UPDATE: Deadline extended to October 6, 2015.
The Herbert Scoville Jr. Peace Fellowship was established in 1987 to recruit and train the next generation of policy and advocacy leaders on a range of international peace and security issues by providing recent college graduates with an opportunity to work with one of the participating public-interest organizations in Washington, DC. The fellowship bridges the gap between academia and the working world by providing an entree to socially-conscious people eager to learn about and contribute to the world of public-interest organizations.
Location – Washington DC
The Herbert Scoville Jr. Peace Fellowship provides full-time six to nine month fellowships for recent college and graduate school alumni to work on international peace and security issues with one of more than two dozen participating public-interest organizations in Washington, DC.
Scoville Fellows are paid at an annual rate of $34,800 ($2,900 per month), and receive health insurance, mentoring, a small stipend to attend conferences or courses, and travel costs to DC to begin the fellowship.
Scoville Fellows have the opportunity to work with senior-level staff and to conduct research, write articles and reports, organize talks and conferences sponsored by their host organization, and do public education and advocacy on a range of issues including arms control and nonproliferation, conflict prevention and resolution, conventional arms trade, environmental and energy security, defense budget, and peacekeeping. They may also attend coalition meetings, Congressional hearings, and policy briefings, as well as meetings with policy experts arranged by the program.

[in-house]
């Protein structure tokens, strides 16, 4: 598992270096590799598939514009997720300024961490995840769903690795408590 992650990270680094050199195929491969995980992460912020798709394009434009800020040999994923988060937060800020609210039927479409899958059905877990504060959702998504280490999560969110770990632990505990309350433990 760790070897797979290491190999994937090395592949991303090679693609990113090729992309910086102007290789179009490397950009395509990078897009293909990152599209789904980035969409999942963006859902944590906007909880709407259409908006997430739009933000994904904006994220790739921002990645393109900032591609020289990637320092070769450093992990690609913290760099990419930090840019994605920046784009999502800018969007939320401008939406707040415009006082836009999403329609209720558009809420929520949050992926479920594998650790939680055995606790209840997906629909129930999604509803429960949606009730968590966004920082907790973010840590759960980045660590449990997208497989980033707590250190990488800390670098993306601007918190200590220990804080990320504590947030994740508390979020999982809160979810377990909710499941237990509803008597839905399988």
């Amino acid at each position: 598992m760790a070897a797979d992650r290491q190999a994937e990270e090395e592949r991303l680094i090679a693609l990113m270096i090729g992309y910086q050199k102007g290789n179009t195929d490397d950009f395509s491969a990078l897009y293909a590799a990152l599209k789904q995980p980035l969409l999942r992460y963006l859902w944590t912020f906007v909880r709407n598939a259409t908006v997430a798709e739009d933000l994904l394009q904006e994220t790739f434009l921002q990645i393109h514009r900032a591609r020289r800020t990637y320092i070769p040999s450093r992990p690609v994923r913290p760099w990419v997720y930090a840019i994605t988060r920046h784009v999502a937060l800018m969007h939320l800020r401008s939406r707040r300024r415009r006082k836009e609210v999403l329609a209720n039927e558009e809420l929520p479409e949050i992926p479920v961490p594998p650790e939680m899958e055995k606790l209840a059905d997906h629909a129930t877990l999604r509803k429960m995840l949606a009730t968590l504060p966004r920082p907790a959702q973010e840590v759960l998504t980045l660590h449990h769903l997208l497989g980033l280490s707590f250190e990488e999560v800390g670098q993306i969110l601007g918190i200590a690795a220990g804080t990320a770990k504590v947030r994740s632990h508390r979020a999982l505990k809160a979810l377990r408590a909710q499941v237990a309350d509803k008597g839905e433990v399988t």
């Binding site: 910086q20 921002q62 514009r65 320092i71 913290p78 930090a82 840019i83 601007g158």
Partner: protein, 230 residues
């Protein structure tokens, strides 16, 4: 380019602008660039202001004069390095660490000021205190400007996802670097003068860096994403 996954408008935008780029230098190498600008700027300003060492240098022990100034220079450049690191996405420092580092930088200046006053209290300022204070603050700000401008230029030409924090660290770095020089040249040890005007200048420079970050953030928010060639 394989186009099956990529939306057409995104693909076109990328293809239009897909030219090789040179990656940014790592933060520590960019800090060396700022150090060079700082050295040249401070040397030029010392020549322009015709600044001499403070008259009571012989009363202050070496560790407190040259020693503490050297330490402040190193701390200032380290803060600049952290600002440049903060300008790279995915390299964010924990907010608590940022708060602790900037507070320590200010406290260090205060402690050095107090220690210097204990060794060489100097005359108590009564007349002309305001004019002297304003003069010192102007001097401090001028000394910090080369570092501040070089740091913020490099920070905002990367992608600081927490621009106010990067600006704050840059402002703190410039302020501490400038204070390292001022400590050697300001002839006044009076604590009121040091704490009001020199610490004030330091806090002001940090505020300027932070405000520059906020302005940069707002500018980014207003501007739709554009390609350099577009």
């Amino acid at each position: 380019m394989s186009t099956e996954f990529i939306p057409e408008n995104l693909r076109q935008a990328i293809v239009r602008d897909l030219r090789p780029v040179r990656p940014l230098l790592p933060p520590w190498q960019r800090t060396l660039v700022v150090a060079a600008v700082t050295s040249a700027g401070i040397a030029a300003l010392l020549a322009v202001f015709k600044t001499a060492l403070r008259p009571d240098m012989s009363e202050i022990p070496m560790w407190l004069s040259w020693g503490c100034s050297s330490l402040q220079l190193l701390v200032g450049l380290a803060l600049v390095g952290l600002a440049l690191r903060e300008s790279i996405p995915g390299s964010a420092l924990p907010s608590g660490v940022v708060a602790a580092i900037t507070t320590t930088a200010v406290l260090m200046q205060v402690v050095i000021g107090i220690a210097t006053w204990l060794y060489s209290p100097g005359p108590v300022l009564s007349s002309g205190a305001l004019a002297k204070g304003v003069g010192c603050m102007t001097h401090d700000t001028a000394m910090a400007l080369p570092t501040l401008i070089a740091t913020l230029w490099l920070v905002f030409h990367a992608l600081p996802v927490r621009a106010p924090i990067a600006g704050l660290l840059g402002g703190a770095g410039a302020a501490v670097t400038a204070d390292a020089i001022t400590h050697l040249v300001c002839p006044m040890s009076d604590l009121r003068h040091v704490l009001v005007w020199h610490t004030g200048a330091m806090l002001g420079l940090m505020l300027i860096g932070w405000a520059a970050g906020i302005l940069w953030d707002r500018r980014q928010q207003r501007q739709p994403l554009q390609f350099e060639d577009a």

Candidates are required to have completed a baccalaureate degree by the time the fellowship commences; those with a graduate degree are also eligible to apply. They must have an excellent academic record and a strong interest in issues of peace and security. Graduate study, a college major, course work, or substantial independent reading that reflects the substantive focus of the fellowship is also a plus. Prior experience with public-interest activism or advocacy is highly desirable. It is preferred, but not required, that such activities be focused on peace and security issues. The program is open to all U.S. citizens and to non-U.S. citizens living in the U.S. eligible for employment. Non-U.S. citizens living outside the United States are not eligible to apply. Preference will be given to individuals who have not had substantial prior public-interest or government experience in the Washington, DC area.
How to Apply
See www.scoville.org for complete information and application requirements.
Spring 2016 Fellowship–October 6, 2015
Fall 2016 Fellowship–January 4, 2016